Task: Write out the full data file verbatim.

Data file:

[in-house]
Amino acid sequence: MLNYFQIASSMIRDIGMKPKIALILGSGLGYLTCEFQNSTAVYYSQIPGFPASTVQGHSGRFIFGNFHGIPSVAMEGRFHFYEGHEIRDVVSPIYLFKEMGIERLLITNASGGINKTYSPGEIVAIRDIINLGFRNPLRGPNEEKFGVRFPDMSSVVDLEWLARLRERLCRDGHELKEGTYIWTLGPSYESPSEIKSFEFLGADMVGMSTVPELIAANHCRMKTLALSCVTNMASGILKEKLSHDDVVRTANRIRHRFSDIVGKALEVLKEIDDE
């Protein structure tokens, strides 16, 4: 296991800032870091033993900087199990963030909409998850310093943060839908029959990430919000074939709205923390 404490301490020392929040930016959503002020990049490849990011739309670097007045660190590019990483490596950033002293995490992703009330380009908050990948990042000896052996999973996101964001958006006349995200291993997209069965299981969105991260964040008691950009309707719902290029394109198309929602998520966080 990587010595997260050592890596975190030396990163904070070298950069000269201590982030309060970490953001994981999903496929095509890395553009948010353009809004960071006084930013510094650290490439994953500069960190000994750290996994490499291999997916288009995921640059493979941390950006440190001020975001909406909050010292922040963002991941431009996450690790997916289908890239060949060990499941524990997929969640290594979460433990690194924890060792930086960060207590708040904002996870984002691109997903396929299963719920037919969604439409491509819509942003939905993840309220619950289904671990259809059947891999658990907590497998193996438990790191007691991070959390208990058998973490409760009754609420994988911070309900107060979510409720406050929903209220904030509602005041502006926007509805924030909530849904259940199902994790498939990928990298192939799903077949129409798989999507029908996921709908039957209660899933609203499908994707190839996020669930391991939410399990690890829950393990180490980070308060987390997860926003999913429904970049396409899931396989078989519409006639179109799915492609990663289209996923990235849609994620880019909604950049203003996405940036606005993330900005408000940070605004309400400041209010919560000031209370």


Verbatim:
[in-house]
Amino acid sequence: MLNYFQIASSMIRDIGMKPKIALILGSGLGYLTCEFQNSTAVYYSQIPGFPASTVQGHSGRFIFGNFHGIPSVAMEGRFHFYEGHEIRDVVSPIYLFKEMGIERLLITNASGGINKTYSPGEIVAIRDIINLGFRNPLRGPNEEKFGVRFPDMSSVVDLEWLARLRERLCRDGHELKEGTYIWTLGPSYESPSEIKSFEFLGADMVGMSTVPELIAANHCRMKTLALSCVTNMASGILKEKLSHDDVVRTANRIRHRFSDIVGKALEVLKEIDDE
């Protein structure tokens, strides 16, 4: 296991800032870091033993900087199990963030909409998850310093943060839908029959990430919000074939709205923390 404490301490020392929040930016959503002020990049490849990011739309670097007045660190590019990483490596950033002293995490992703009330380009908050990948990042000896052996999973996101964001958006006349995200291993997209069965299981969105991260964040008691950009309707719902290029394109198309929602998520966080 990587010595997260050592890596975190030396990163904070070298950069000269201590982030309060970490953001994981999903496929095509890395553009948010353009809004960071006084930013510094650290490439994953500069960190000994750290996994490499291999997916288009995921640059493979941390950006440190001020975001909406909050010292922040963002991941431009996450690790997916289908890239060949060990499941524990997929969640290594979460433990690194924890060792930086960060207590708040904002996870984002691109997903396929299963719920037919969604439409491509819509942003939905993840309220619950289904671990259809059947891999658990907590497998193996438990790191007691991070959390208990058998973490409760009754609420994988911070309900107060979510409720406050929903209220904030509602005041502006926007509805924030909530849904259940199902994790498939990928990298192939799903077949129409798989999507029908996921709908039957209660899933609203499908994707190839996020669930391991939410399990690890829950393990180490980070308060987390997860926003999913429904970049396409899931396989078989519409006639179109799915492609990663289209996923990235849609994620880019909604950049203003996405940036606005993330900005408000940070605004309400400041209010919560000031209370």